Andy Sabin is concerned about the lack of federal funding to drive lifesaving cancer research. So the New York-based philanthropist and businessman recently did his part to bridge the growing gap, committing $30 million to MD Anderson. His motivation is straightforward: "I want to find a cure."
Beginning this year, the Andrew Sabin Family Fellowship Program will fund up to eight two-year research fellowships at $100,000 each. The program encourages creative, independent thinking and high-risk, high-impact research. Fellowships will be awarded annually, giving deserving early-career researchers at MD Anderson the means to strive toward their collective goal to end cancer.
"I wanted to provide a vehicle so that the best and brightest minds at the world's premier cancer center don't have to spend 50% of their time fundraising to sustain innovative projects," says Sabin, who has served on the MD Anderson Cancer Center Board of Visitors since 2005 and is president of Sabin Metal Corporation, the largest privately owned precious metal refiner and recycler in the country. "Through this program, they have the opportunity to focus instead on important work that can truly help people who suffer from cancer."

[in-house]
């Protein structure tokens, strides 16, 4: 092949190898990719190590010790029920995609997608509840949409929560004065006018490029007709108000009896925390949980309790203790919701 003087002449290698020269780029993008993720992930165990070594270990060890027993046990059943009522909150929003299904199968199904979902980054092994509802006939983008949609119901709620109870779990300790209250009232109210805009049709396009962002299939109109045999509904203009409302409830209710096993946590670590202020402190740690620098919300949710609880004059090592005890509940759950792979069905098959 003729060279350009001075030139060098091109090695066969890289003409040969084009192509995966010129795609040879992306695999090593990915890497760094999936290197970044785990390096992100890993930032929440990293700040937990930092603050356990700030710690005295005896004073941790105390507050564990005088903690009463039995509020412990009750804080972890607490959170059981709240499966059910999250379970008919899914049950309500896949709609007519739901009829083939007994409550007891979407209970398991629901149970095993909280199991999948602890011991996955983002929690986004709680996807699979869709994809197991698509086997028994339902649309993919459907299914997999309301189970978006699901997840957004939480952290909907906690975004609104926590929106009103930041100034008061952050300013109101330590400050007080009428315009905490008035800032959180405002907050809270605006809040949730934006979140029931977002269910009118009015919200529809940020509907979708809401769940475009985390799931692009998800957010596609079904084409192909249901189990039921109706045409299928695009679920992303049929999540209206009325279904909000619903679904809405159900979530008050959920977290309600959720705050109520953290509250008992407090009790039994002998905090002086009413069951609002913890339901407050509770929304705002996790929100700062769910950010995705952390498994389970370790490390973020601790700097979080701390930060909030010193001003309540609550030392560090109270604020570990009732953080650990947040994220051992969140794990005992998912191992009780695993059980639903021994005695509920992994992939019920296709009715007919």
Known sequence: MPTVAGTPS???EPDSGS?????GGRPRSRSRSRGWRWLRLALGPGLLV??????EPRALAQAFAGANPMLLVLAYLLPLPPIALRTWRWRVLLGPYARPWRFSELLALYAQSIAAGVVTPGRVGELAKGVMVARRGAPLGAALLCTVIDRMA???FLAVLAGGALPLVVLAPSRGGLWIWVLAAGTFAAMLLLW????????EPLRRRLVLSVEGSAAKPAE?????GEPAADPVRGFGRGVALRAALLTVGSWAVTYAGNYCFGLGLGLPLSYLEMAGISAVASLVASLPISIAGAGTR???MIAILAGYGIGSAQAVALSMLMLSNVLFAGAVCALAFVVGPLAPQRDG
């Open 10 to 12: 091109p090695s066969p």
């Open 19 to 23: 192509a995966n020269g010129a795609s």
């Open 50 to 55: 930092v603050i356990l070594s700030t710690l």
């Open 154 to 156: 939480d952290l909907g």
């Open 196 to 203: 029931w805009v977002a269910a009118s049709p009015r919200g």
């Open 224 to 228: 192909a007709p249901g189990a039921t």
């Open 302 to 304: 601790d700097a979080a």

The Andrew Sabin Family Foundation made more than 250 grants in 2015, and the MD Anderson contribution is its largest to date. An avid environmentalist and wildlife advocate, Sabin says he set up the family foundation to teach his four sons the importance of philanthropy, conservation and "giving back."
"Andy Sabin is my hero - a great philanthropist with a heart of gold. His vision will have a positive, far-reaching impact for generations to come."
Sabin's legacy includes not only the MD Anderson fellowship, but also four wildlife species bearing his name: two frogs in Peru and New Guinea, a lemur in Madagascar, and a chameleon in Tanzania.
"Having a species named after you ensures your name will live in perpetuity," says Sabin, who lost a loved one to cancer six years ago and is now "so aware" of the pain caused by the disease. "This fellowship program at MD Anderson will be there in perpetuity too. I hope one of the fellows comes up with a cure. It would make me very proud to know that this gift made a difference."